CricInfo at World Cup 1999
[The ICC Cricket World Cup - England 1999]

South Africa v Zimbabwe, Group A
Trevor Chesterfield - 29 May 1999

Zimbabwe minnows bite back

CHELMSFORD - It is always easy to feel a touch sorry for a team such as Zimbabwe when up against one of the tournament's marauding sharks: yet when they turn from a meek minnow into a piranha with an accompanying savage bite, the stunning upset is just as staggering.

Forget that their coach Dave Houghton had, barely 24 hours before, called them ``a bunch of schoolboys'' and ``novices in the real world''. They were the sort of phrases dismissed with equal frank fresh-faced openness by Alistair Campbell, Team Zimbabwe's captain.

As man of the match Neil Johnson, talked of how motivation, personal goals and pride enabled him to play with a certain match-winning pride against a country he once aspired to represent, Zimbabwe celebrated not only their shock World Cup first round victory of 48 runs but also a first win over neighbours and World Cup 5/3 favourites South Africa, who they out-played at Essex's New Writtle Road county ground.

The result and general performance of the northern neighbours in what had been billed as a back yard scrap was also acknowledge by South Africa's coach, Bob Woolmer. It was he who had to face the media and explain how the team he mentors lost it in the middle.

``We went out to play as best we could,'' said Campbell. ``We talked about it and decided there was nothing to lose so we went out and enjoyed ourselves.'' Some enjoyment all right. Just the attitude you should expect from a captain and team-mates determined to go down with the sort of aggressiveness needed to upset big brother on a pitch where winning the toss also had some effect on the outcome of the result.

Woolmer, standing in for the South African captain, who declined to come out of his shower to face the media and so gave the appearance of ``sulking'' as the ``schoolboys'' from across the border enjoyed their moment of triumph, put on a brave face. He was also frank when admitting South Africa's shortcomings in the game and equally earnest with his comments.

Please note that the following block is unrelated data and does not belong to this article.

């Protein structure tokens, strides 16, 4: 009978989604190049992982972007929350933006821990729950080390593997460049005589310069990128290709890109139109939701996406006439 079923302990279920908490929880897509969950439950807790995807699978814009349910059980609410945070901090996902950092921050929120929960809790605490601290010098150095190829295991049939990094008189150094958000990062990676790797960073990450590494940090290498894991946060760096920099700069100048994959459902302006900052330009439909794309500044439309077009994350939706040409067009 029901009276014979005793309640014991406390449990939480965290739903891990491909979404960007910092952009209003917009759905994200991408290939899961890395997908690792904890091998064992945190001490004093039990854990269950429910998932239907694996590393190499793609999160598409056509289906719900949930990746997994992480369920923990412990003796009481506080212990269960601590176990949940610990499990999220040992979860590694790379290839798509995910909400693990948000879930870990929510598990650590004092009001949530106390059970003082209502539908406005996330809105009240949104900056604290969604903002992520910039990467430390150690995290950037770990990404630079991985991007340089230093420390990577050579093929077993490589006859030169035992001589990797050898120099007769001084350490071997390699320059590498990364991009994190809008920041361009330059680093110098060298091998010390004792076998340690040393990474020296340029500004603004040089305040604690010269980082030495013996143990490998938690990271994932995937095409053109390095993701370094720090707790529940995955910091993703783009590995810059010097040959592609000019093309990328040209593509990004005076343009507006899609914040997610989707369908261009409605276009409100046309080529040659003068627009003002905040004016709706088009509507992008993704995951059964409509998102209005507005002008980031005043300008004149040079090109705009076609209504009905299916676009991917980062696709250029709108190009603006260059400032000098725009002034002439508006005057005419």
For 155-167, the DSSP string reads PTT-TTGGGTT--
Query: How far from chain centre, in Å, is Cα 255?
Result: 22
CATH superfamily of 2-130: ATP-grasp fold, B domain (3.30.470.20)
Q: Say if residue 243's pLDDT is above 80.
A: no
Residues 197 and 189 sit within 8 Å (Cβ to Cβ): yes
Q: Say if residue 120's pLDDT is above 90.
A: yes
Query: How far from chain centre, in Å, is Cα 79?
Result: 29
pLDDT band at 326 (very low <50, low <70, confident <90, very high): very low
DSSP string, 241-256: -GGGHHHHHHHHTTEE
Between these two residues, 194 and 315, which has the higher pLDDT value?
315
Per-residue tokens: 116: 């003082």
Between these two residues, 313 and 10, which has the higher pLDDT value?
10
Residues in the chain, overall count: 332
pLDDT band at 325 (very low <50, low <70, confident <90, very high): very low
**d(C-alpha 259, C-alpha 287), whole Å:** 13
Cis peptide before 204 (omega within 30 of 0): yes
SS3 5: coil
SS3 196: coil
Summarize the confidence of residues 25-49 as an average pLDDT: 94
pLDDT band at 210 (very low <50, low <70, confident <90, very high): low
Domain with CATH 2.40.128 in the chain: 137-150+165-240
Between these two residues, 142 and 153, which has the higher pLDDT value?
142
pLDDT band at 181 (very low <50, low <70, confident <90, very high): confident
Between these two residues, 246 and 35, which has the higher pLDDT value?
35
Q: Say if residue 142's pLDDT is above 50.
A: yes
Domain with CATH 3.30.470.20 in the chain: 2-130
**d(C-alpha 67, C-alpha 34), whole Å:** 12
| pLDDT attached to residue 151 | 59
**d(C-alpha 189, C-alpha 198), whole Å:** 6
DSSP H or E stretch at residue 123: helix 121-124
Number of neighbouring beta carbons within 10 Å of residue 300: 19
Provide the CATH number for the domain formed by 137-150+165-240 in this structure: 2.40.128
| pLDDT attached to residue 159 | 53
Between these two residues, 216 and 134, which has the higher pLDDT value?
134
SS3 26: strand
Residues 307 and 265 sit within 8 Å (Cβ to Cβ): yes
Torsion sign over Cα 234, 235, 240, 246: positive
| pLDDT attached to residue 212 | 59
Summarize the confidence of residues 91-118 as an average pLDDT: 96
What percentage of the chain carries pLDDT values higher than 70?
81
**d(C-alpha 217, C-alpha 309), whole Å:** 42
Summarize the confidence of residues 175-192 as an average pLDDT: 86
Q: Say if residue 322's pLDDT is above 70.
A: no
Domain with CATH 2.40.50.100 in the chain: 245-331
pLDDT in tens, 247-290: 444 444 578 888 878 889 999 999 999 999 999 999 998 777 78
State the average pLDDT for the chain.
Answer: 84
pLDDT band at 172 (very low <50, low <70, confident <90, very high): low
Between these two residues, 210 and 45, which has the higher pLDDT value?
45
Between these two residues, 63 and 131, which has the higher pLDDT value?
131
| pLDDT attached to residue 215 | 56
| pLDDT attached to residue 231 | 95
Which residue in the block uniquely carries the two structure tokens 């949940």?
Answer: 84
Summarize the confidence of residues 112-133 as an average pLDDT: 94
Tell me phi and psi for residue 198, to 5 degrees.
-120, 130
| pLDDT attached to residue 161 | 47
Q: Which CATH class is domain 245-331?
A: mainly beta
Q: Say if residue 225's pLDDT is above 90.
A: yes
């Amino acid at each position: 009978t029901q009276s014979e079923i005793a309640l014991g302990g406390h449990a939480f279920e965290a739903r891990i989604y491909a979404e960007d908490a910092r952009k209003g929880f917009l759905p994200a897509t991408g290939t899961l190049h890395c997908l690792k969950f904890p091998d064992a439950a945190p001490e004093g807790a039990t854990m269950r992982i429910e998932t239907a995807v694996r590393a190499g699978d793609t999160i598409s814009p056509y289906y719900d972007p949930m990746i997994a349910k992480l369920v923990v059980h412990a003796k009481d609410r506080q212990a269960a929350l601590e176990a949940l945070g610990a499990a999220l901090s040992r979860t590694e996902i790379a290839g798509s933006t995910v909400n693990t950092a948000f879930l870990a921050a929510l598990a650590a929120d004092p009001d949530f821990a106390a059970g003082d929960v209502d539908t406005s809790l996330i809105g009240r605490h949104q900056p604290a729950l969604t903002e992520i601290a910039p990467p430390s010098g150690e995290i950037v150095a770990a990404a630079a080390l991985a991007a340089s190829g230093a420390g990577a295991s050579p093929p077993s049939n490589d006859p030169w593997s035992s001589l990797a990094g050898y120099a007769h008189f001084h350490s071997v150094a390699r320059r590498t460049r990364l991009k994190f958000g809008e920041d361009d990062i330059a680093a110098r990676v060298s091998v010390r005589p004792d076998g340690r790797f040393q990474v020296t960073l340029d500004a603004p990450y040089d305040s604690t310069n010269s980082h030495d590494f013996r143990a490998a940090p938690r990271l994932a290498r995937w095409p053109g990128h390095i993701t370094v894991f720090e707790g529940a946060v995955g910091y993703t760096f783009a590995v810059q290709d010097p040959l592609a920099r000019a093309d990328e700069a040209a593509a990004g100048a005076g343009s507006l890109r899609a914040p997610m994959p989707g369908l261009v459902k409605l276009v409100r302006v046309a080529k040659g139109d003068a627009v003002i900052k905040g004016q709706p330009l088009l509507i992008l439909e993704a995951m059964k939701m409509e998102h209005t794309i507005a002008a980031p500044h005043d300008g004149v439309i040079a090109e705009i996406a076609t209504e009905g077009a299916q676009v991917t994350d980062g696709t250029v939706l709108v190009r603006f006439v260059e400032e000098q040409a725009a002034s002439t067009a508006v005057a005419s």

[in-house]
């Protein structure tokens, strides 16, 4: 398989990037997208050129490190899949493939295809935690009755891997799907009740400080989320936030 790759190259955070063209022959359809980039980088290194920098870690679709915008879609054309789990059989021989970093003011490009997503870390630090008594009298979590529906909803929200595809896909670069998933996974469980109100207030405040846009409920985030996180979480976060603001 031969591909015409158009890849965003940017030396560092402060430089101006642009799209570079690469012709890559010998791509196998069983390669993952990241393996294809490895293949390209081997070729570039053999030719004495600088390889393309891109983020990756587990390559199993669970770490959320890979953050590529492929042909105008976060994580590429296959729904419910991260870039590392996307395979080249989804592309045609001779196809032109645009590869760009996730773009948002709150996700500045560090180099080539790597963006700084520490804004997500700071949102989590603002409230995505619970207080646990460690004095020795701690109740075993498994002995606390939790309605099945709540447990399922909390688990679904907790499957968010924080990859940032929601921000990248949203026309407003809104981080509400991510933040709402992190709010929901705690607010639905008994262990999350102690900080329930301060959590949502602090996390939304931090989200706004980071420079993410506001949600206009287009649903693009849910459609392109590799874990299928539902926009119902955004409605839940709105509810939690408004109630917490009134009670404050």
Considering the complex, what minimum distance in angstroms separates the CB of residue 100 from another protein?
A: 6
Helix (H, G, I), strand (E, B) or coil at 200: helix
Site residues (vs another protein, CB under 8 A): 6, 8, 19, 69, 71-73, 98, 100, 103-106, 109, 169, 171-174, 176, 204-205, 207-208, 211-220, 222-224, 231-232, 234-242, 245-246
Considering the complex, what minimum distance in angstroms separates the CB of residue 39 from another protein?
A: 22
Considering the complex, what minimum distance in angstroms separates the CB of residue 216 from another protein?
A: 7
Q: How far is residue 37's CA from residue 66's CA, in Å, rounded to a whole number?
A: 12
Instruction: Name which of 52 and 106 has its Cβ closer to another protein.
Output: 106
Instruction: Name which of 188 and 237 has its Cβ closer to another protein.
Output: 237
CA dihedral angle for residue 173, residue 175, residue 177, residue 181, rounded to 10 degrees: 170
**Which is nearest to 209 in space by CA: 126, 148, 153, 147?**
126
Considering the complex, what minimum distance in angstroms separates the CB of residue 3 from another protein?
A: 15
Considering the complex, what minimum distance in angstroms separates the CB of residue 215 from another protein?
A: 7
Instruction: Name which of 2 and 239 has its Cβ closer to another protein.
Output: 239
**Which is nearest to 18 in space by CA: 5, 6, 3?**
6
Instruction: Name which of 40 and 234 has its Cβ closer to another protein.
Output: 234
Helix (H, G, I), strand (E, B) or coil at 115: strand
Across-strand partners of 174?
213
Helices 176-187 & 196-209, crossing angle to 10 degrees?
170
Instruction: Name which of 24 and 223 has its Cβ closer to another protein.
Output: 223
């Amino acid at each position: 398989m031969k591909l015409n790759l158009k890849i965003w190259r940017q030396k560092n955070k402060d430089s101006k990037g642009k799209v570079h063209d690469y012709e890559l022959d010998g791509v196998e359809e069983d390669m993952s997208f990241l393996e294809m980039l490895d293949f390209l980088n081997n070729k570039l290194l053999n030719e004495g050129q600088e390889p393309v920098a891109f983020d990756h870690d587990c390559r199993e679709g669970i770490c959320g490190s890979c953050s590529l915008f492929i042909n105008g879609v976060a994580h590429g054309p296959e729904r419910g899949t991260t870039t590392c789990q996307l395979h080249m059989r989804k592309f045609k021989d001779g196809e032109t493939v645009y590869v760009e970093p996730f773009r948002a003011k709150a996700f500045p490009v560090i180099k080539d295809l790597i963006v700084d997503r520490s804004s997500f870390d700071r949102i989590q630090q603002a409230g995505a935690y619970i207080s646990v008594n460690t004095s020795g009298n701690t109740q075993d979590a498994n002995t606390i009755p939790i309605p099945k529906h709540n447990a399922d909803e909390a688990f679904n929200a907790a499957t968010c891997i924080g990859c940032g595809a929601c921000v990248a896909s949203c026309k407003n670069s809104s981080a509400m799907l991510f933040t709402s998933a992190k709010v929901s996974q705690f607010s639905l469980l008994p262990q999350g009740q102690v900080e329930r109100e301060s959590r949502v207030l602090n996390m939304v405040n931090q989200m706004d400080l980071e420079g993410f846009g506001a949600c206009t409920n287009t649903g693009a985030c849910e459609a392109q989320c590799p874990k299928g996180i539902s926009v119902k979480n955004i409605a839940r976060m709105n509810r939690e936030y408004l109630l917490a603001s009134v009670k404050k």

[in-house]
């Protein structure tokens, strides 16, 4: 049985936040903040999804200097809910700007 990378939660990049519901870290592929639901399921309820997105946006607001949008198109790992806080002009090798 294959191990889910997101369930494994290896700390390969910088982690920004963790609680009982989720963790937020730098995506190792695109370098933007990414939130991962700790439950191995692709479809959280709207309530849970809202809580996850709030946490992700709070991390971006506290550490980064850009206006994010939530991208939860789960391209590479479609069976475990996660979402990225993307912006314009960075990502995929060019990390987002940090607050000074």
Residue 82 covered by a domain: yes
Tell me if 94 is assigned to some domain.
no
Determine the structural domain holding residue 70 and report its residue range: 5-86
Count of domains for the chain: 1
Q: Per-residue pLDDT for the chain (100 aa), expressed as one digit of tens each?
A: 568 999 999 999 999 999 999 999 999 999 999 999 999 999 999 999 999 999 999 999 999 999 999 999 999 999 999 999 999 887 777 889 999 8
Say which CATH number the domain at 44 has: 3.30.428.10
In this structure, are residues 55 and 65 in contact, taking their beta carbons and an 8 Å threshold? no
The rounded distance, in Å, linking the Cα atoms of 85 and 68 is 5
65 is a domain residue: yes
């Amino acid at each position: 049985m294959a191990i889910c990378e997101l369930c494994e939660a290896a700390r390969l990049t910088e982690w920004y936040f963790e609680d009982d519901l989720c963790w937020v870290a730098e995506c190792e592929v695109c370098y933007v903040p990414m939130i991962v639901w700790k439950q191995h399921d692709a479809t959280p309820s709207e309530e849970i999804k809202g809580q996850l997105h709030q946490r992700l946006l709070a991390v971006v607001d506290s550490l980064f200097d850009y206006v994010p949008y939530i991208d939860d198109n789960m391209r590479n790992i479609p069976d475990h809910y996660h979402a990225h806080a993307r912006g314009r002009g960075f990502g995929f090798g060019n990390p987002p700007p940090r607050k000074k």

``We played badly'' and ``they deserved to win - they were the better side'' and yet again ``perhaps we did stay too long in Amsterdam and lose focus in this match'' were the sort of pearls the coach decided to cast before a media seeking answers to what had been generally been a poor performance.

Which suggests that Woolmer is better fronting a curious pack, some of whom were a touch confused, than the team's captain. How different to a week before after the singularly impressive win over England where the taste of victory had the frothy taste of lager at the ground the now refer to as ``Fosters'' Oval. Well, Alec Stewart did not duck his responsibilities and took the questions on the chin.

As weather turned England's future in the tournament into a serious question mark with the game against India resuming later, South Africa face the serious prospect of going into the Super Six carrying forward only two points and not the hoped for four.

Johnson, born in Zimbabwe 29 years ago, lived and was educated in South Africa until last season but had been overlooked as a potential player because, as Woolmer pointed out, there were Shaun Pollock, Lance Klusener and Jacques Kallis who are available. Which is a fair comment. It at least freed the highly competitive all-rounder to take his talents north of the border.

The irony of it all is that Pollock and Klusener are former KwaZulu/Natal team-mates while South Africa's assistant coach Graham Ford, had been his provincial coach. Confusing to some non-South African writers looking for juicy tit bits on which to hang and angle for their story.

Yet, having seen Johnson come through the ranks as a student at Port Elizabeth University in the late 1980s and early 1990s where he became a highly competent all-rounder under Keeper Weasels guidance, it is not at all surprising that his background is just right for what can be the highly combative international arena. His match-winning innings of 76 was what Zimbabwe needed: the anchor to keep the innings afloat on a pitch which was two-paced and became slower and almost subterranean in bounce when South Africa batted.

He drove firmly and with some skill as Zimbabwe reached 233 for six, although the first few boundaries were off the inside edge which skidded away to the short boundary. And with the South African bowlers battling to strike a length Johnson took some delight in picking off his runs. Later he had the added bite of the piranha with his lively right-arm swing: the South African batsmen nibbling at the outswing. Gary Kirsten, Kallis and Cronje: victims of their own folly and seemingly lack of focus.

Although Klusener later launched his usual tail-end heroics he was sent in a little too late to make any real difference: 52 off 58 balls with three fours and two sixes.

What the victory means to Zimbabwe in Zimbabwe is another matter for a country which gives scant recognition to sporting heroes in the world arena. Their tardy media coverage is the sort of ignorance perpetuated by a system which lacks a forceful sports philosophy as well as identity. Perhaps beating big brother the first time might help.

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